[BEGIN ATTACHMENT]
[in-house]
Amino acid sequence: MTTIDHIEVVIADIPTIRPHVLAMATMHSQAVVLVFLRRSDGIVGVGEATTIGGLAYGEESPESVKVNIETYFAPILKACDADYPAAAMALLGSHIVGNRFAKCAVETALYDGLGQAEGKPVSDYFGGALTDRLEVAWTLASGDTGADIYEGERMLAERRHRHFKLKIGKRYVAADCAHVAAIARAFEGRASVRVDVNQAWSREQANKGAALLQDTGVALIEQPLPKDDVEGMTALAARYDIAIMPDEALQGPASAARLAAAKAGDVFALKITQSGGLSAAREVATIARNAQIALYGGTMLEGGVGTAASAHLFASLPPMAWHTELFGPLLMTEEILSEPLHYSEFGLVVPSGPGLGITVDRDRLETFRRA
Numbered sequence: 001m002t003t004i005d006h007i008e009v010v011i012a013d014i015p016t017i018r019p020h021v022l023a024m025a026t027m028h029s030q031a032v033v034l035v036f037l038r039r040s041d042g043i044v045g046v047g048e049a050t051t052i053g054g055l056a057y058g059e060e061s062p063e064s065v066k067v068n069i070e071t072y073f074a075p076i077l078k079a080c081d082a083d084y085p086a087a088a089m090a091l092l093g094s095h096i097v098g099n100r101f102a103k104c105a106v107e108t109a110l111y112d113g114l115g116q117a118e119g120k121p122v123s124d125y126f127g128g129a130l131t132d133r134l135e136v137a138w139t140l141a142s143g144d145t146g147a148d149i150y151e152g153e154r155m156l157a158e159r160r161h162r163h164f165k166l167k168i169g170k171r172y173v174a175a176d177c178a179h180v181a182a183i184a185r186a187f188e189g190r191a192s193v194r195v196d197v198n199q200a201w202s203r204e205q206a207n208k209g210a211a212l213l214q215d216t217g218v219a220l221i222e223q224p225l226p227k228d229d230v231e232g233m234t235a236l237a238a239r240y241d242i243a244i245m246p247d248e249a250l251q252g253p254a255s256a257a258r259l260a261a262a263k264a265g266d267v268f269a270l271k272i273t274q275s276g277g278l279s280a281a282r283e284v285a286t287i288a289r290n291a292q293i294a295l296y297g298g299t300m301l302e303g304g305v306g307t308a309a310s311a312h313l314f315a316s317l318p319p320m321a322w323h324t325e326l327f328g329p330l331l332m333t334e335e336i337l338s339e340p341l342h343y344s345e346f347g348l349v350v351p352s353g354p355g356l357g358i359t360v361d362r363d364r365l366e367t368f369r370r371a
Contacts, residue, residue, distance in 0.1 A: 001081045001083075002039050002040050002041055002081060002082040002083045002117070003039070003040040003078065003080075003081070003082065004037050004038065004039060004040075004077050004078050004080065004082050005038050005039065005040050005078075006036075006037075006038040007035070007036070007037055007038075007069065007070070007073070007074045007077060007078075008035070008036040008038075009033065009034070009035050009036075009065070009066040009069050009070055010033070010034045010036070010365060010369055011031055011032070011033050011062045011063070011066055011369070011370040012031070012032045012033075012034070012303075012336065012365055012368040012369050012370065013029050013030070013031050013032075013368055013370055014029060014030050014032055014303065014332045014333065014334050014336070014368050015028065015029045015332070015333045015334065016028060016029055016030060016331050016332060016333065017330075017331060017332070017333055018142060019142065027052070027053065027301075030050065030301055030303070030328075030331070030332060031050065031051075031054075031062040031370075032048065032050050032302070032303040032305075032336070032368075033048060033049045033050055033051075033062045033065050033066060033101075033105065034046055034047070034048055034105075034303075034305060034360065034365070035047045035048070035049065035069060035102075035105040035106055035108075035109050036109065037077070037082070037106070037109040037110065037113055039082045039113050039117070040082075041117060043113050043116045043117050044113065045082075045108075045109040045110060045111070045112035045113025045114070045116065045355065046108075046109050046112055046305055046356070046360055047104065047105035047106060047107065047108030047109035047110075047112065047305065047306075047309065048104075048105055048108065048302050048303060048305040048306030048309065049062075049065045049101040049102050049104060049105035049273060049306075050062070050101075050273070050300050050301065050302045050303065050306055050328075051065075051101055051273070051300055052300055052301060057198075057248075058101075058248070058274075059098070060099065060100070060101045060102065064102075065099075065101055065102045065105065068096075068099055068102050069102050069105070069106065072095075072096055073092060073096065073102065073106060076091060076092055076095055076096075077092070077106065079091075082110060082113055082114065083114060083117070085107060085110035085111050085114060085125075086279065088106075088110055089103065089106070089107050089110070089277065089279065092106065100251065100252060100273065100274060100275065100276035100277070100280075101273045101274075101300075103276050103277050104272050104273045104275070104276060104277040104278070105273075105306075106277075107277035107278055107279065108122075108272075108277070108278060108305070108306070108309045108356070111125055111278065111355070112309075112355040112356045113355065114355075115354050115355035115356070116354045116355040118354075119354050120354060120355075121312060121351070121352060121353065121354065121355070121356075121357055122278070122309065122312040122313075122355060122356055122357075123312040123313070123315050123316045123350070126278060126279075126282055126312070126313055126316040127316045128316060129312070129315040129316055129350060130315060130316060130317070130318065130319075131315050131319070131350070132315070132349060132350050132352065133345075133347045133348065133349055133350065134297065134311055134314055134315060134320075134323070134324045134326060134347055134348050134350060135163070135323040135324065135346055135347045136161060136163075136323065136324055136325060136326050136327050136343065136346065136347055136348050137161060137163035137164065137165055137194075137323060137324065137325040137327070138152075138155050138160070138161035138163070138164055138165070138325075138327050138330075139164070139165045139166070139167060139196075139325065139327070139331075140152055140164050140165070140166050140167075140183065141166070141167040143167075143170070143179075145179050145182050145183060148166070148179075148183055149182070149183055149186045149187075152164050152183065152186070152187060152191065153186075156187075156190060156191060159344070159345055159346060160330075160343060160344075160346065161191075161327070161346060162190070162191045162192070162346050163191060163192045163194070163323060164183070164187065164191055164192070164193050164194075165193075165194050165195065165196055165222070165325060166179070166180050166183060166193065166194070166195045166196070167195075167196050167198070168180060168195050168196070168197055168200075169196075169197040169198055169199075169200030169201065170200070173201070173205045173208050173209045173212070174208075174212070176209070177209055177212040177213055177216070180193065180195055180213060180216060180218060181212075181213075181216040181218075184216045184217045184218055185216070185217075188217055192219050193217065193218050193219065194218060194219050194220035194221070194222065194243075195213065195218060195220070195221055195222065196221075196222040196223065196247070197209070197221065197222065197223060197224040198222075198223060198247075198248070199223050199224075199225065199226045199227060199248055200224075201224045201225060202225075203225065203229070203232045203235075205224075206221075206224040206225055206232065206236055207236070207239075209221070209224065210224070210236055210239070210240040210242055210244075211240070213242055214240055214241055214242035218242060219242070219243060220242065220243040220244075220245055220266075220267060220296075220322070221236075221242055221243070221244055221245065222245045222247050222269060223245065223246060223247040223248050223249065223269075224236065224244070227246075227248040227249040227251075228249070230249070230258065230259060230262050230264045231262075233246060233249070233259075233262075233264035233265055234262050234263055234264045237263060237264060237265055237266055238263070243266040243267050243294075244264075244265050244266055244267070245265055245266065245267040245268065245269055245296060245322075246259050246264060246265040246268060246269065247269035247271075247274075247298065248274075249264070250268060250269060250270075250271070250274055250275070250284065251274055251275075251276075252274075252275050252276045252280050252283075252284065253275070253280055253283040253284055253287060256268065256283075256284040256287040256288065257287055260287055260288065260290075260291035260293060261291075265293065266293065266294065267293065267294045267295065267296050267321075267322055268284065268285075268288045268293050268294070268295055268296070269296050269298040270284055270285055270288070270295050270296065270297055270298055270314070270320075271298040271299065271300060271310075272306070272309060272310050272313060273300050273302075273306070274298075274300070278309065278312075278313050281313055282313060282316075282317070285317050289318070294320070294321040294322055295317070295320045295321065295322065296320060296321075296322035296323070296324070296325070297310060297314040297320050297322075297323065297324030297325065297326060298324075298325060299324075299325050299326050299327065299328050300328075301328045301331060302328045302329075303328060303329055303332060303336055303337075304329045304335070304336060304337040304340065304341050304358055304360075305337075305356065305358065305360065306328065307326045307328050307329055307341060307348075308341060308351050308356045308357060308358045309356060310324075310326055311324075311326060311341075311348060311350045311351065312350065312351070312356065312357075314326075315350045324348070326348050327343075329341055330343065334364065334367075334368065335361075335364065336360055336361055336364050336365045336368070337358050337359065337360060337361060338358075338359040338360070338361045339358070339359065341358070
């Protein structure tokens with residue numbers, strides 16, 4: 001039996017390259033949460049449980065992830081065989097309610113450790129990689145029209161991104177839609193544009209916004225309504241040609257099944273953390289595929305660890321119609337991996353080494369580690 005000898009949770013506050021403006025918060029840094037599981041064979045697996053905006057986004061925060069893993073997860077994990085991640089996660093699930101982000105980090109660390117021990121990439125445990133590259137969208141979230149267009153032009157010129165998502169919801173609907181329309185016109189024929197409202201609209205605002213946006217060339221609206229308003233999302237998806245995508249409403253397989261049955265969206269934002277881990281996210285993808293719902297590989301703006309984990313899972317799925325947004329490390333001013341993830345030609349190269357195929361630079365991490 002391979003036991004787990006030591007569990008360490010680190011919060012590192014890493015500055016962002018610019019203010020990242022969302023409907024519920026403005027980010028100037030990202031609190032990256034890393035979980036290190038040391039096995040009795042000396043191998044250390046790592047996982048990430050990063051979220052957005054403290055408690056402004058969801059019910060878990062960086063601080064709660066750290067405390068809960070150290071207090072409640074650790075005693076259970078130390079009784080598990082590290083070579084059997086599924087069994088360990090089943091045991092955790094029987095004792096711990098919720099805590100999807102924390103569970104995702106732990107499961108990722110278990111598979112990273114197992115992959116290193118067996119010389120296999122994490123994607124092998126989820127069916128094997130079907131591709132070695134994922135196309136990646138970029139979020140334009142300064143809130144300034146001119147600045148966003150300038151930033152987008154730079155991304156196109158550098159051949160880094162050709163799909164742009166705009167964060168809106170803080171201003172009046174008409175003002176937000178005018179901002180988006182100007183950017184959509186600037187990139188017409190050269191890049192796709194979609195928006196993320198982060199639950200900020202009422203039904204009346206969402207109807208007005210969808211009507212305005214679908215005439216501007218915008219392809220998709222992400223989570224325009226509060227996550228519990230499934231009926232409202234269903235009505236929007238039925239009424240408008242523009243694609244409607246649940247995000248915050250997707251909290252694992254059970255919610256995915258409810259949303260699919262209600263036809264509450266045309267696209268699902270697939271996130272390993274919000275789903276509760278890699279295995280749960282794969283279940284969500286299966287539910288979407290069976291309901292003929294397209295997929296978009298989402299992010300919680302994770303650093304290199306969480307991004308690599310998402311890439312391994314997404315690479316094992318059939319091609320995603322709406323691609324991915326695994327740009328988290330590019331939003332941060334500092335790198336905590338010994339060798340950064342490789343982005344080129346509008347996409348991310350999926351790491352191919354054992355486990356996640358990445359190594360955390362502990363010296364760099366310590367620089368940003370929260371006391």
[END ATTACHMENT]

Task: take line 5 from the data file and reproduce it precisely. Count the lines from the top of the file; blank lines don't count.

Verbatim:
């Protein structure tokens with residue numbers, strides 16, 4: 001039996017390259033949460049449980065992830081065989097309610113450790129990689145029209161991104177839609193544009209916004225309504241040609257099944273953390289595929305660890321119609337991996353080494369580690 005000898009949770013506050021403006025918060029840094037599981041064979045697996053905006057986004061925060069893993073997860077994990085991640089996660093699930101982000105980090109660390117021990121990439125445990133590259137969208141979230149267009153032009157010129165998502169919801173609907181329309185016109189024929197409202201609209205605002213946006217060339221609206229308003233999302237998806245995508249409403253397989261049955265969206269934002277881990281996210285993808293719902297590989301703006309984990313899972317799925325947004329490390333001013341993830345030609349190269357195929361630079365991490 002391979003036991004787990006030591007569990008360490010680190011919060012590192014890493015500055016962002018610019019203010020990242022969302023409907024519920026403005027980010028100037030990202031609190032990256034890393035979980036290190038040391039096995040009795042000396043191998044250390046790592047996982048990430050990063051979220052957005054403290055408690056402004058969801059019910060878990062960086063601080064709660066750290067405390068809960070150290071207090072409640074650790075005693076259970078130390079009784080598990082590290083070579084059997086599924087069994088360990090089943091045991092955790094029987095004792096711990098919720099805590100999807102924390103569970104995702106732990107499961108990722110278990111598979112990273114197992115992959116290193118067996119010389120296999122994490123994607124092998126989820127069916128094997130079907131591709132070695134994922135196309136990646138970029139979020140334009142300064143809130144300034146001119147600045148966003150300038151930033152987008154730079155991304156196109158550098159051949160880094162050709163799909164742009166705009167964060168809106170803080171201003172009046174008409175003002176937000178005018179901002180988006182100007183950017184959509186600037187990139188017409190050269191890049192796709194979609195928006196993320198982060199639950200900020202009422203039904204009346206969402207109807208007005210969808211009507212305005214679908215005439216501007218915008219392809220998709222992400223989570224325009226509060227996550228519990230499934231009926232409202234269903235009505236929007238039925239009424240408008242523009243694609244409607246649940247995000248915050250997707251909290252694992254059970255919610256995915258409810259949303260699919262209600263036809264509450266045309267696209268699902270697939271996130272390993274919000275789903276509760278890699279295995280749960282794969283279940284969500286299966287539910288979407290069976291309901292003929294397209295997929296978009298989402299992010300919680302994770303650093304290199306969480307991004308690599310998402311890439312391994314997404315690479316094992318059939319091609320995603322709406323691609324991915326695994327740009328988290330590019331939003332941060334500092335790198336905590338010994339060798340950064342490789343982005344080129346509008347996409348991310350999926351790491352191919354054992355486990356996640358990445359190594360955390362502990363010296364760099366310590367620089368940003370929260371006391």